Network-centric project management: Integrators develop advanced tools to handle complex projects
- By Joab Jackson
- Oct 23, 2003
Exostar is helping integrators securely manage subcontractor documents, said Jeff Nigriny, the company's chief security officer.
J. Adam Fenster
As the military's weapons and information systems become increasingly complex, integrators that build these systems have discovered they need project management tools equally complex and advanced.
One of these tools, developed by Exostar LLC, Herndon, Va., enables prime contractors to manage the myriad of subcontractor documents generated over the life of a project.
Exostar, founded as a partnership between BAE Systems plc, Boeing Co., Lockheed Martin Corp., Raytheon Co. and Rolls-Royce Corp., offers an online repository that integrators can use as a collaboration space to work with supporting suppliers.
"The intent was to create an independent company to deal with their supply chains more efficiently," said Ludo Van Vooren, director of marketing for Exostar. Through Exostar, vendors can provide computer-aided drawings or other documents to prime contractors.
For the supplier, Exostar eliminates the need to establish a separate conduit for each team member. For the prime contractor, Exostar provides a space to collaborate with suppliers outside its own firewall.
Exostar also can assure integrity between team partners. Last July, the Air Force temporarily suspended Boeing from satellite work when it learned that one of Boeing's employees, formerly employed by Lockheed Martin, provided Boeing with Lockheed Martin documents related to a satellite contract bid the two companies were competing for.
By providing a neutral, third-party repository, Exostar can prevent such potential conflicts-of-interest -- not an easy task given the military's rigorous security requirements.
Operating as a managed service, Exostar's solution encrypts a document so that it can be opened only by those who hold its encryption key, usually the integrator and the collaborating suppliers. Conversely, only Exostar itself has access to the logs of who opened what material, so the paper trail cannot be compromised.
Identities of participants are verified through an independent managed public key infrastructure service from VeriSign Inc., Mountain View, Calif., according to Jeff Nigriny, Exostar's chief security officer.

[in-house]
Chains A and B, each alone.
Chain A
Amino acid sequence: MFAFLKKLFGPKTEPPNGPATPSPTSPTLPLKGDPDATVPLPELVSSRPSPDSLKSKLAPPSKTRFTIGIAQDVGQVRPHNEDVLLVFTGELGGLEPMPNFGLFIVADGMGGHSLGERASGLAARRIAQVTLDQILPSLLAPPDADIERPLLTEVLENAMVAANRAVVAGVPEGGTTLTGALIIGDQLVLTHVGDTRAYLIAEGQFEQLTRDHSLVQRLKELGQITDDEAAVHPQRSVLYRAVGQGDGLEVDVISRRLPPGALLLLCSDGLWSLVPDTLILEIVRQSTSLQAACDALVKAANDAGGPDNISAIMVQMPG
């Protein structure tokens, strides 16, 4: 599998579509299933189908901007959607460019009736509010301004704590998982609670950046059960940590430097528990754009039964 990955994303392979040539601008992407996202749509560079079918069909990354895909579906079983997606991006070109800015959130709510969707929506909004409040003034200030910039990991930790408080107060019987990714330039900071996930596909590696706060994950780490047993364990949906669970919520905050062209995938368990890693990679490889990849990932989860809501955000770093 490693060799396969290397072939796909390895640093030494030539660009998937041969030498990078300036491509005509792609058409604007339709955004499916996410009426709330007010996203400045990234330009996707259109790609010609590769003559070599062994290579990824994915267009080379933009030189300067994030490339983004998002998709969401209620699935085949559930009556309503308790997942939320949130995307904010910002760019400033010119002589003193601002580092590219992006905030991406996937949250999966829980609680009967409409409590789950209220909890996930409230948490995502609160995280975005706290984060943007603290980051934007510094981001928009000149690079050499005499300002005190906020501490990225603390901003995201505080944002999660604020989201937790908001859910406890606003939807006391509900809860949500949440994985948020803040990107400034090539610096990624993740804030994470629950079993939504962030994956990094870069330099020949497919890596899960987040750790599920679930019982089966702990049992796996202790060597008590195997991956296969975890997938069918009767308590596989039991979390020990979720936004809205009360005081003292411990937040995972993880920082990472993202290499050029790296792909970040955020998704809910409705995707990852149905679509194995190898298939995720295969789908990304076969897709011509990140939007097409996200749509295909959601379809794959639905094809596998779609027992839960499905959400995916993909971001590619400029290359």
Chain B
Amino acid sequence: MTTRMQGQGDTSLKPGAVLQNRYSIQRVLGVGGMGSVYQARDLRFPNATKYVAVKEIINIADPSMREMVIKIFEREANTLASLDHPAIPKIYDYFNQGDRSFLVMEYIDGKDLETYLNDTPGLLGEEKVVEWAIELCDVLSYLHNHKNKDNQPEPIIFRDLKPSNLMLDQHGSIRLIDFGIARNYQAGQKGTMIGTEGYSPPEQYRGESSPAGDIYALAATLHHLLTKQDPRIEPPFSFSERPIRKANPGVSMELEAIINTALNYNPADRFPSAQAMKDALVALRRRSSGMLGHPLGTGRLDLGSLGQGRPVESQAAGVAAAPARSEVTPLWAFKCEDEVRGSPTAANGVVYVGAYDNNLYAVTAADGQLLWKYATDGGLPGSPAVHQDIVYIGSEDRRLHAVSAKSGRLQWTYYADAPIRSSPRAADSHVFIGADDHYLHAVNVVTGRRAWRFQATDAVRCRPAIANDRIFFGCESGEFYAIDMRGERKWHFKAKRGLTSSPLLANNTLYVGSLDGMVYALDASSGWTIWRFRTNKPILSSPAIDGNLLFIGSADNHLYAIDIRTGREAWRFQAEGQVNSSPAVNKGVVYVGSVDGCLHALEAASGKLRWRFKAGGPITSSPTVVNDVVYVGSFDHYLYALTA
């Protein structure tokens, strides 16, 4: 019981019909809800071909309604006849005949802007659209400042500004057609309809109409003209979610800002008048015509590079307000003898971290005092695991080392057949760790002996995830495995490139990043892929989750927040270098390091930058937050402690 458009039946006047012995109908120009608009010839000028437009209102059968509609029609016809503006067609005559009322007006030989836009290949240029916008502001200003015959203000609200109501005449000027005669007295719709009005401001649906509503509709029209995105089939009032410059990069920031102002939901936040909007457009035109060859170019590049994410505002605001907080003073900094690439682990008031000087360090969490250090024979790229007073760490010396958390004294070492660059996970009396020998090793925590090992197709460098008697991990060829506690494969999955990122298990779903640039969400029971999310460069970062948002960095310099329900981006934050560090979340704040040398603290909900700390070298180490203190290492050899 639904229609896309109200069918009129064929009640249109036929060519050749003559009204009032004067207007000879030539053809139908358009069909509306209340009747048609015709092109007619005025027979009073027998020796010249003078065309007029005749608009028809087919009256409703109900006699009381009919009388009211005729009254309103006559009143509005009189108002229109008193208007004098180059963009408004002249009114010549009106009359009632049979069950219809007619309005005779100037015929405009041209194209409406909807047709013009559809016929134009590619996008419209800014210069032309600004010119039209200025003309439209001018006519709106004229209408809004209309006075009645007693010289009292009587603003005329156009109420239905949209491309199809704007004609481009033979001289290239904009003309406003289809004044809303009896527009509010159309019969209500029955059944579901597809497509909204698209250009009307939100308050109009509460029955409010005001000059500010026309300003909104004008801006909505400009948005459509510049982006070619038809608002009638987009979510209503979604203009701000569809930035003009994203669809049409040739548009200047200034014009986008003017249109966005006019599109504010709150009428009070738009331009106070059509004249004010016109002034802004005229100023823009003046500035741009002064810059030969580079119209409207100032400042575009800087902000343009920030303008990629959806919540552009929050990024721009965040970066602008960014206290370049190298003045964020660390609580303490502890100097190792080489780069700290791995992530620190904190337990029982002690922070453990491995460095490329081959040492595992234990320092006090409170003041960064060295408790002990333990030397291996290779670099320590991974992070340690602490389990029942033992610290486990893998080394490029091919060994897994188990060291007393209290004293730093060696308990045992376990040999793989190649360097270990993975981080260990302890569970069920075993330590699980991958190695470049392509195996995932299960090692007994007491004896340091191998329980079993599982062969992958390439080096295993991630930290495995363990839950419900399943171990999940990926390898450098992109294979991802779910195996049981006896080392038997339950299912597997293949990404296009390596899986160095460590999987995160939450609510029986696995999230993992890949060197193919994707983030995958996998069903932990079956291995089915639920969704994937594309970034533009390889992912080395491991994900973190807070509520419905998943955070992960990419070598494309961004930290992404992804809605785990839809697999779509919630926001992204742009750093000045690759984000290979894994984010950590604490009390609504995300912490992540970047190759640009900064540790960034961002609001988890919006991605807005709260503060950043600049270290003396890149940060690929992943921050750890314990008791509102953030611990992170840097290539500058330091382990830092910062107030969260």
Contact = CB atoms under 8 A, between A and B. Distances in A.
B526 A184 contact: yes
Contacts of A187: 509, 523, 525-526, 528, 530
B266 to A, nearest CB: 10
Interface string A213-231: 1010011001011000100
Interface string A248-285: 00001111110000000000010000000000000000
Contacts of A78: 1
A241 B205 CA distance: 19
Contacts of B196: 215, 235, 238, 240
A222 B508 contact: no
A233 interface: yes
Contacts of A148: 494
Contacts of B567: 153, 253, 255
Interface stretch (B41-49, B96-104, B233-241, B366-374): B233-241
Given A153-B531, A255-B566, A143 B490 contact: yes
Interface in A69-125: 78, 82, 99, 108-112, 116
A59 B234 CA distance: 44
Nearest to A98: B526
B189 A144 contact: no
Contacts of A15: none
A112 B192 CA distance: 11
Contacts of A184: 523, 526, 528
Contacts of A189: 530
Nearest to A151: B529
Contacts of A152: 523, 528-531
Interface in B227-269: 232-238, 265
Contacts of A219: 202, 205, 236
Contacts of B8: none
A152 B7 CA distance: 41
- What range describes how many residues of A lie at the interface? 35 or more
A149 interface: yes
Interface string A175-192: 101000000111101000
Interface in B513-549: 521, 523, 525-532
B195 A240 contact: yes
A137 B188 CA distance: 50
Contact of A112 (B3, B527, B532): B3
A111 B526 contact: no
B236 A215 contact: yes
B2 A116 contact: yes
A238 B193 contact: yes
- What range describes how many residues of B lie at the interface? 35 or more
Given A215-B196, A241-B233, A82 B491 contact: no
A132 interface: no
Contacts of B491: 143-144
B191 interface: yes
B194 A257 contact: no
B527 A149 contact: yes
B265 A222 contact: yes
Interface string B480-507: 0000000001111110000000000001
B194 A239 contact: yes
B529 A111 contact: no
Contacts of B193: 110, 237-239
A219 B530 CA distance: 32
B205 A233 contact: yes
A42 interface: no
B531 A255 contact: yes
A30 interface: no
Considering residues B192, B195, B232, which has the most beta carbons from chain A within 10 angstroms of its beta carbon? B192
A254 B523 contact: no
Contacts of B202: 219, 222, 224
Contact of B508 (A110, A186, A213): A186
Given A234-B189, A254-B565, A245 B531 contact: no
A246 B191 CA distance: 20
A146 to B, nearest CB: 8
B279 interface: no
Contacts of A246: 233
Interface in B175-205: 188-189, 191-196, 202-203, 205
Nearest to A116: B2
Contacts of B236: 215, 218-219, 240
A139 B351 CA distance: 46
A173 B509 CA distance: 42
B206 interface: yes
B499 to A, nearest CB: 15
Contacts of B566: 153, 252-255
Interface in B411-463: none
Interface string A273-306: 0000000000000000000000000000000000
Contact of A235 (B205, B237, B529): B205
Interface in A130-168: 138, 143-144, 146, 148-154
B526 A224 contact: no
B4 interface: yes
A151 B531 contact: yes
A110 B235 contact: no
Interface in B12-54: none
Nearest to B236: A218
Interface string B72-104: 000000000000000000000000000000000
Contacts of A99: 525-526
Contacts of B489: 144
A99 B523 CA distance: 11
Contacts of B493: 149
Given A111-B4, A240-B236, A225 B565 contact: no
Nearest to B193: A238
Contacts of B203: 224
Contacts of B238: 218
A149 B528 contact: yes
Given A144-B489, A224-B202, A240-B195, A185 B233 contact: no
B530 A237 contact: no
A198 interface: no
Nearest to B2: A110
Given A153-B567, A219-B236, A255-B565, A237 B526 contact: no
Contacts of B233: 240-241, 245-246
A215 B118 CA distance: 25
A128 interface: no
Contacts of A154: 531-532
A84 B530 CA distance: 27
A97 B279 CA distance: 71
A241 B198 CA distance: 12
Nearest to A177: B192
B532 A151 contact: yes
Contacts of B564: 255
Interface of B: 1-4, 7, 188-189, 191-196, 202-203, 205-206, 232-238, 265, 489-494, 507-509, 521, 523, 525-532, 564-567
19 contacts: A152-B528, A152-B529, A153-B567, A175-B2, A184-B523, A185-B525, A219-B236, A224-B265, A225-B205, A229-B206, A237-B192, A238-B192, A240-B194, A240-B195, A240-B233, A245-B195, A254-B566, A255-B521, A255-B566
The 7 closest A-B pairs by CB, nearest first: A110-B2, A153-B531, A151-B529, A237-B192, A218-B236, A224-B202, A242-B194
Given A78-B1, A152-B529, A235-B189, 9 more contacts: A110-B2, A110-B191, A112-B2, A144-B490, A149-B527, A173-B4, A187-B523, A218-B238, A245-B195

BAE, Computer Sciences Corp. and other companies use Exostar to coordinate purchase and repair orders for the Eurofighter Typhoon, a multicountry fighter aircraft program.
Another program management tool under development is the Third Generation Program Management system, or 3GPM. This system will help program managers estimate how one change in a project will affect the overall program. For example, what would be the added cost a two-day delay? Or what kind of holdup would taking three workers off a project cause?
The ability to predict potential cost increases and delays is important: Integrators don't want a surprised customer.
The system, which is being developed by Anteon International Corp. and Lockheed Martin's Advanced Technology Laboratory, is piloted by a defense agency, said Mike Cassidy, group senior vice president at Anteon's System Engineering Group.
Traditionally, project management programs are digital dashboards showing cost, schedule, performance and other metrics in an easy-to-digest visual format. However, the data used for these portals was most often culled from scheduled reports from team leaders. It was not live data.
The 3GPM system goes a step further. Using live data, it allows the program manager to predict how anticipated changes affect the program in areas such as cost, schedule, requirements and other metrics. Intelligent software agents from Lockheed Martin predict how anticipated changes affect the delivery of the entire system. The system uses the WorkLenz software from Métier Ltd., Washington, to take in data from different formats.
Using 3GPM, program managers can predict how changes in one variable, such as loss of funding or a slip in schedule, can affect the overall project.
Program mangers usually have rule-of-thumb methods for predicting how changes can affect a project. This software formalizes these rules and shows the hidden consequences of these actions.
"Logically, because these projects are so complex, there would be some things that, intuitively, we wouldn't expect to happen," Cassidy said.
Anteon itself may use the system as a feature it can offer to agencies when bidding on contracts.
"We strongly believe that offering integrated data environment solutions in these complex programs is a discriminator for us," Cassidy said.
Joab Jackson is the senior technology editor for Government Computer News.